Finally, the freshly-recuperated and newly-named Elite Street made it to the track as a three-year-old – a year less a day before last Saturday’s Winterbottom. He ran fourth in a three-year-old race at Ascot, pulled up lame the following morning, and two more bone chips were discovered.
More surgery on both knees came, followed by another lengthy spell, but finally the skies cleared. That second-start fourth at Pinjarra preceded a winning run which would now be six straight but for a disqualification four runs back, at Belmont in July, owing to the presence of the therapeutic heptaminol.
Fingers crossed, the once-troubled Elite Street now looks well poised to go on to serve further justice to a pedigree which, as mentioned, is laced with speed.
Granddam Ateates is out of the Opera Prince mare Paris Miss, winner of the then Group 3 Light Fingers Stakes in 1989, which was given Group 2 status in 1991.
And Ateates was possibly not even Paris Miss’ best sprinting progeny, since older sister Ruffles took the Group 1 VRC Newmarket in 1997 and Caulfield’s Schillaci Stakes the year before.
Aside from the likes of Zeditave in the female line, going way back we find the strong presence of a British sprint god in Gold Bridge, appearing on both sides in the pedigree of Paris Miss’s dam Diamonds, five generations earlier (therefore eight back from Elite Street).
Gold Bridge, born in 1929, won no fewer than 12 major sprints, including Royal Ascot’s King’s Stand Stakes twice and a Nunthorpe Stakes. He was equally as successful at stud, siring outstanding sprinters such as Golden Cloud (Nunthorpe) and Vilmorin (King’s Stand) and becoming the sire of Rough Shod, who became a blue hen broodmare in the US (Ridan, Moccasin, Lt Stevens, etc.).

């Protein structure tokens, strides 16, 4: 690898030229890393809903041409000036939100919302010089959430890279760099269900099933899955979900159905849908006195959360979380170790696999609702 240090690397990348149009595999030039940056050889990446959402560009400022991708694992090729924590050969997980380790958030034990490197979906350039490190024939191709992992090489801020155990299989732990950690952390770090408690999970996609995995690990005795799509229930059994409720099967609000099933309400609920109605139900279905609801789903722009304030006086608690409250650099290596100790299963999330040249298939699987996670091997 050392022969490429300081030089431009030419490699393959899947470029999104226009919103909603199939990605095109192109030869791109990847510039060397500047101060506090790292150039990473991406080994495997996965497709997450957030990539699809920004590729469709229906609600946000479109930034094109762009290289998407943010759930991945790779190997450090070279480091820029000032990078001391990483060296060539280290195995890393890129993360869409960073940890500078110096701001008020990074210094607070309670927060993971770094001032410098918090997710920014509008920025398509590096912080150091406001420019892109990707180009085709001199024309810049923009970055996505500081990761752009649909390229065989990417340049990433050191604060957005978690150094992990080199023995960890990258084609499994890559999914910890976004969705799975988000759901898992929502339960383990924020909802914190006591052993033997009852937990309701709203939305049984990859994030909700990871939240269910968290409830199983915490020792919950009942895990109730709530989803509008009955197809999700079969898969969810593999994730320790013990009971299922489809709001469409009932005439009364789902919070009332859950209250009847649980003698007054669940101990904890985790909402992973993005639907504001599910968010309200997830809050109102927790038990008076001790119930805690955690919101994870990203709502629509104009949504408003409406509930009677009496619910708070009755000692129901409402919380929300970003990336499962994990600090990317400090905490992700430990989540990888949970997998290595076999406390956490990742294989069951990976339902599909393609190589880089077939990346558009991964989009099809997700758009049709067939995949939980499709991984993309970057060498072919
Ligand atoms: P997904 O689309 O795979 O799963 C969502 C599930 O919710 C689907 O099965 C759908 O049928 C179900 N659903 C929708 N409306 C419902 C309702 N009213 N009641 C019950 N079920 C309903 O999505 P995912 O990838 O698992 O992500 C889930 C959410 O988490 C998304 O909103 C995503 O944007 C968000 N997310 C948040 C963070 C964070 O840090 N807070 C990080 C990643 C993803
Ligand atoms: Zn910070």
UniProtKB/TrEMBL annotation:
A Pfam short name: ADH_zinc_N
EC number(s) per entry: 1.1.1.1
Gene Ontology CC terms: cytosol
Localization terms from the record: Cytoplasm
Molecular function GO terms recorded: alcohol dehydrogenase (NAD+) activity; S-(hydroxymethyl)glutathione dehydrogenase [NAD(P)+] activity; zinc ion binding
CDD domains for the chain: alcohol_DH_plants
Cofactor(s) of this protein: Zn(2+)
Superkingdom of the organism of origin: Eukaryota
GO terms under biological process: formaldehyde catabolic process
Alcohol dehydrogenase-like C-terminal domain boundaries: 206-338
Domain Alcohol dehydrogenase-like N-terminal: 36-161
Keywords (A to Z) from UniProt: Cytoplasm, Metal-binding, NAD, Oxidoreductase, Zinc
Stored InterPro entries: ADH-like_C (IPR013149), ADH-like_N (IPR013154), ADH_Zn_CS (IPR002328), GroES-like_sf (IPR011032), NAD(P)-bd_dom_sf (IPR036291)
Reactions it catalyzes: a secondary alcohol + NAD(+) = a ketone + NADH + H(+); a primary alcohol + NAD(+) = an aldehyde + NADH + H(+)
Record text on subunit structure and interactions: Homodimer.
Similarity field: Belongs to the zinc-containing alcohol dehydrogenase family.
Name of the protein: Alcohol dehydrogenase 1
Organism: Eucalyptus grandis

While the Andersons inherited Elite Street, they are hopeful of more success from his dam Elite Ateates (who while owned in the west has never left the eastern states).
Her colt promising more ample speed – by Nicconi – sold for $160,000 at this year’s Magic Millions Yearling Sale in Perth. Named Elite Icon, the now two-year-old is reportedly showing considerable promise for Tony and Calvin McEvoy in South Australia.
Elite Ateates also has a yearling filly with the promise of a longer distance by Dundeel. There’s now a colt on the ground from the first crop of Blue Diamond-winning sprinter Written By, and Elite Ateates was recently covered by multiple Group 1-winning US stallion Omaha Beach in his first season in Australia.
“Elite Icon is a very nice looking colt and the McEvoys like him a lot, I hear,” Anderson says.
“We’re very happy to have the Dundeel filly. I think he’s a great Classic producer, so we might keep that one and try to continue the line. There’s the colt by Written By on the ground, and we’re excited by the mating with Omaha Beach. He was a world–class racehorse, with a world-class pedigree, and we’re lucky to have access to him in Australia.”
Elite Street might not have been the punters’ choice when prevailing at the $31 in the Winterbottom, as local hero William Pike’s odds-on mount Trekking battled into fourth. But after the sprinter’s arduous passage to even get to the racetrack, it was a more than fitting reward for the Andersons after four decades in breeding.